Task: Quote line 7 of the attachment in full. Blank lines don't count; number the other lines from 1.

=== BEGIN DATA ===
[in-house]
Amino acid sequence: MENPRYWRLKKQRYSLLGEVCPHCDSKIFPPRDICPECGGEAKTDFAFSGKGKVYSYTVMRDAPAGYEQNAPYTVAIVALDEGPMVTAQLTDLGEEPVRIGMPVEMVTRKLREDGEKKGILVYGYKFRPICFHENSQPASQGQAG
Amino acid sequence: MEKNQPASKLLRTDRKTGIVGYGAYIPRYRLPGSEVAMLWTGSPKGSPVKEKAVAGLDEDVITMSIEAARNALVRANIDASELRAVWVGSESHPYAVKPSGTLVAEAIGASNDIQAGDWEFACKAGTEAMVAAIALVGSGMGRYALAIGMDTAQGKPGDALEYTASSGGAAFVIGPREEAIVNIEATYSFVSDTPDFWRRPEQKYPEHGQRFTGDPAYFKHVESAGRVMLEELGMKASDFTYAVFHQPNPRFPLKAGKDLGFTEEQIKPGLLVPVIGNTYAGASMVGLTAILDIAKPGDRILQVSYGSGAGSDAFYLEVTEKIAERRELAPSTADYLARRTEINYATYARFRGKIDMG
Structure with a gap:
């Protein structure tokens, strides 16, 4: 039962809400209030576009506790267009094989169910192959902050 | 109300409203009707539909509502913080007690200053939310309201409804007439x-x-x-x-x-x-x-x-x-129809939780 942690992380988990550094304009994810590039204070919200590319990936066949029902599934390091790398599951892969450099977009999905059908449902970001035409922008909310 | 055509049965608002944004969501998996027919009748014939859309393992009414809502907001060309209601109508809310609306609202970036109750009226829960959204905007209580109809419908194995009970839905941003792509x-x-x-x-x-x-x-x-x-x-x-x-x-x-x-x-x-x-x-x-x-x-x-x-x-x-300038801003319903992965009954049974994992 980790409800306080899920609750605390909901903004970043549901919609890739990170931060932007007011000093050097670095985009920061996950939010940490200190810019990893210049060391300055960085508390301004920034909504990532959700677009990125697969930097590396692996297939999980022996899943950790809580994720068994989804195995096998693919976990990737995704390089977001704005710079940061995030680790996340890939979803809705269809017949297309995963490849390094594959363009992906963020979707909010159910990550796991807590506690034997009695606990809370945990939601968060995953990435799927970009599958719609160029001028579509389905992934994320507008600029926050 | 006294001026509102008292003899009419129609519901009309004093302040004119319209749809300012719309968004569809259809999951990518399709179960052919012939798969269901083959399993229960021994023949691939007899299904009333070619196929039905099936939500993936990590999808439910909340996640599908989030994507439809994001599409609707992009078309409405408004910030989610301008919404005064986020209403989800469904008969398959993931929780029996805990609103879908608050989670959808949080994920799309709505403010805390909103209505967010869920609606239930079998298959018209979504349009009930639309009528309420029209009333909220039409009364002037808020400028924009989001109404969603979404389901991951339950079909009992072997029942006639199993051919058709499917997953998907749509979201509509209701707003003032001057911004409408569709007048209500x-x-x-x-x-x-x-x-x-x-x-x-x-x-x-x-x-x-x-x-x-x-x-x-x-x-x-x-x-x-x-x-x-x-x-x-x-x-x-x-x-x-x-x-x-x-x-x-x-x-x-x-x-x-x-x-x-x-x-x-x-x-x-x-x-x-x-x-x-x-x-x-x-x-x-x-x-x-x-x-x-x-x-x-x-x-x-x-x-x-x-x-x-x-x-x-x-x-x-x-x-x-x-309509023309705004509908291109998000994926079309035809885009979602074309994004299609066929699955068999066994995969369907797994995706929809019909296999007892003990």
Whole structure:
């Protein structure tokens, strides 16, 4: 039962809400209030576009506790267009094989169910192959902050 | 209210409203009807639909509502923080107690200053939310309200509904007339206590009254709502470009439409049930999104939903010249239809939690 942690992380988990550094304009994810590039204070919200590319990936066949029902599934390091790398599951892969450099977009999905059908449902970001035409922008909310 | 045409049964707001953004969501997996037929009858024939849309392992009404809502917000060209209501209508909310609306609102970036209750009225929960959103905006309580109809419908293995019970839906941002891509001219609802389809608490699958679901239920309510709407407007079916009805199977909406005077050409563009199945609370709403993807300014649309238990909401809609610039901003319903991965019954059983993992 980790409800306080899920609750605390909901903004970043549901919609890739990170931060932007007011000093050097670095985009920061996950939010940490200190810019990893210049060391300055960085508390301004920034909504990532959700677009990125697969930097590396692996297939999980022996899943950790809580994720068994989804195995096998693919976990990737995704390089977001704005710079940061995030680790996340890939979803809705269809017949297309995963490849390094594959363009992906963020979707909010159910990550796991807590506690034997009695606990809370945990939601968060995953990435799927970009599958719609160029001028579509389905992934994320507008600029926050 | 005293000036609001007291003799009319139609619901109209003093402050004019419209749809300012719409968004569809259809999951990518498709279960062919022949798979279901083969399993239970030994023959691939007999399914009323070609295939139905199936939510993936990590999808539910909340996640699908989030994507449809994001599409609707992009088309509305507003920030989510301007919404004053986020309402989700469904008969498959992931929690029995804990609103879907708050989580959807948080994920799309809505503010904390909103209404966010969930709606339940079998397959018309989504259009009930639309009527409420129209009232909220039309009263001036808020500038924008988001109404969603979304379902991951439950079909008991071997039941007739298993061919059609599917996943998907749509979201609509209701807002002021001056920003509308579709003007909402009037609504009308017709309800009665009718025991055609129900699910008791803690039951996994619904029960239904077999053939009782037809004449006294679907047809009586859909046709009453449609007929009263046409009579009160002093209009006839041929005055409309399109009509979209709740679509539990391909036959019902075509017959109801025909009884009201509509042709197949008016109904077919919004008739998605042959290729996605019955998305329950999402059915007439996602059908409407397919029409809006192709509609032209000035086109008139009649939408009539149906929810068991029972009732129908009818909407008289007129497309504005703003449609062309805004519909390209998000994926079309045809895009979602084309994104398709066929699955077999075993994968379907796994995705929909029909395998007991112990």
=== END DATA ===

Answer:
């Protein structure tokens, strides 16, 4: 039962809400209030576009506790267009094989169910192959902050 | 209210409203009807639909509502923080107690200053939310309200509904007339206590009254709502470009439409049930999104939903010249239809939690 942690992380988990550094304009994810590039204070919200590319990936066949029902599934390091790398599951892969450099977009999905059908449902970001035409922008909310 | 045409049964707001953004969501997996037929009858024939849309392992009404809502917000060209209501209508909310609306609102970036209750009225929960959103905006309580109809419908293995019970839906941002891509001219609802389809608490699958679901239920309510709407407007079916009805199977909406005077050409563009199945609370709403993807300014649309238990909401809609610039901003319903991965019954059983993992 980790409800306080899920609750605390909901903004970043549901919609890739990170931060932007007011000093050097670095985009920061996950939010940490200190810019990893210049060391300055960085508390301004920034909504990532959700677009990125697969930097590396692996297939999980022996899943950790809580994720068994989804195995096998693919976990990737995704390089977001704005710079940061995030680790996340890939979803809705269809017949297309995963490849390094594959363009992906963020979707909010159910990550796991807590506690034997009695606990809370945990939601968060995953990435799927970009599958719609160029001028579509389905992934994320507008600029926050 | 005293000036609001007291003799009319139609619901109209003093402050004019419209749809300012719409968004569809259809999951990518498709279960062919022949798979279901083969399993239970030994023959691939007999399914009323070609295939139905199936939510993936990590999808539910909340996640699908989030994507449809994001599409609707992009088309509305507003920030989510301007919404004053986020309402989700469904008969498959992931929690029995804990609103879907708050989580959807948080994920799309809505503010904390909103209404966010969930709606339940079998397959018309989504259009009930639309009527409420129209009232909220039309009263001036808020500038924008988001109404969603979304379902991951439950079909008991071997039941007739298993061919059609599917996943998907749509979201609509209701807002002021001056920003509308579709003007909402009037609504009308017709309800009665009718025991055609129900699910008791803690039951996994619904029960239904077999053939009782037809004449006294679907047809009586859909046709009453449609007929009263046409009579009160002093209009006839041929005055409309399109009509979209709740679509539990391909036959019902075509017959109801025909009884009201509509042709197949008016109904077919919004008739998605042959290729996605019955998305329950999402059915007439996602059908409407397919029409809006192709509609032209000035086109008139009649939408009539149906929810068991029972009732129908009818909407008289007129497309504005703003449609062309805004519909390209998000994926079309045809895009979602084309994104398709066929699955077999075993994968379907796994995705929909029909395998007991112990």